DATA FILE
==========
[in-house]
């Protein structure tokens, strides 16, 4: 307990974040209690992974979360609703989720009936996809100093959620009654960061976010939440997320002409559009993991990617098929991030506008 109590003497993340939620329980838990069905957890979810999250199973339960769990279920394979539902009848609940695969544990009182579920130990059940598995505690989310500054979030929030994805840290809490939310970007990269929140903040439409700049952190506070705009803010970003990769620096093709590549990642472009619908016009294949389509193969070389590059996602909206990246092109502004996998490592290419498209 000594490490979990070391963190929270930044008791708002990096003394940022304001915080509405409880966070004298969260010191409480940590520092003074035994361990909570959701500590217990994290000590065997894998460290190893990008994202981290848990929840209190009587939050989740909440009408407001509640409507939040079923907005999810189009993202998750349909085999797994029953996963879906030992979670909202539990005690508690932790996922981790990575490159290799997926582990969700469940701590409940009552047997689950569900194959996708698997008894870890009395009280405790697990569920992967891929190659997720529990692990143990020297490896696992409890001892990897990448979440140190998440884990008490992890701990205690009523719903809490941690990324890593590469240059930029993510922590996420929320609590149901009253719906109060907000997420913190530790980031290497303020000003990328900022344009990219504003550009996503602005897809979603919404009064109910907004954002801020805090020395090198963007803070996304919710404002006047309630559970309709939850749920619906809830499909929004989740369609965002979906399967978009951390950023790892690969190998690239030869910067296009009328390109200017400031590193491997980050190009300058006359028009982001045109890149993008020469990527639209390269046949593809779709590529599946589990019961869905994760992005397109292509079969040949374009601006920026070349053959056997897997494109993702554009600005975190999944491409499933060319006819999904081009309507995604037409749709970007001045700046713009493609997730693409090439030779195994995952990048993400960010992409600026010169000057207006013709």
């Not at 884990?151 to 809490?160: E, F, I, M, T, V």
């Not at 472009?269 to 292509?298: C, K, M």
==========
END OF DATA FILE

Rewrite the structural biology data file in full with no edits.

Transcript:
[in-house]
């Protein structure tokens, strides 16, 4: 307990974040209690992974979360609703989720009936996809100093959620009654960061976010939440997320002409559009993991990617098929991030506008 109590003497993340939620329980838990069905957890979810999250199973339960769990279920394979539902009848609940695969544990009182579920130990059940598995505690989310500054979030929030994805840290809490939310970007990269929140903040439409700049952190506070705009803010970003990769620096093709590549990642472009619908016009294949389509193969070389590059996602909206990246092109502004996998490592290419498209 000594490490979990070391963190929270930044008791708002990096003394940022304001915080509405409880966070004298969260010191409480940590520092003074035994361990909570959701500590217990994290000590065997894998460290190893990008994202981290848990929840209190009587939050989740909440009408407001509640409507939040079923907005999810189009993202998750349909085999797994029953996963879906030992979670909202539990005690508690932790996922981790990575490159290799997926582990969700469940701590409940009552047997689950569900194959996708698997008894870890009395009280405790697990569920992967891929190659997720529990692990143990020297490896696992409890001892990897990448979440140190998440884990008490992890701990205690009523719903809490941690990324890593590469240059930029993510922590996420929320609590149901009253719906109060907000997420913190530790980031290497303020000003990328900022344009990219504003550009996503602005897809979603919404009064109910907004954002801020805090020395090198963007803070996304919710404002006047309630559970309709939850749920619906809830499909929004989740369609965002979906399967978009951390950023790892690969190998690239030869910067296009009328390109200017400031590193491997980050190009300058006359028009982001045109890149993008020469990527639209390269046949593809779709590529599946589990019961869905994760992005397109292509079969040949374009601006920026070349053959056997897997494109993702554009600005975190999944491409499933060319006819999904081009309507995604037409749709970007001045700046713009493609997730693409090439030779195994995952990048993400960010992409600026010169000057207006013709």
């Not at 884990?151 to 809490?160: E, F, I, M, T, V």
């Not at 472009?269 to 292509?298: C, K, M």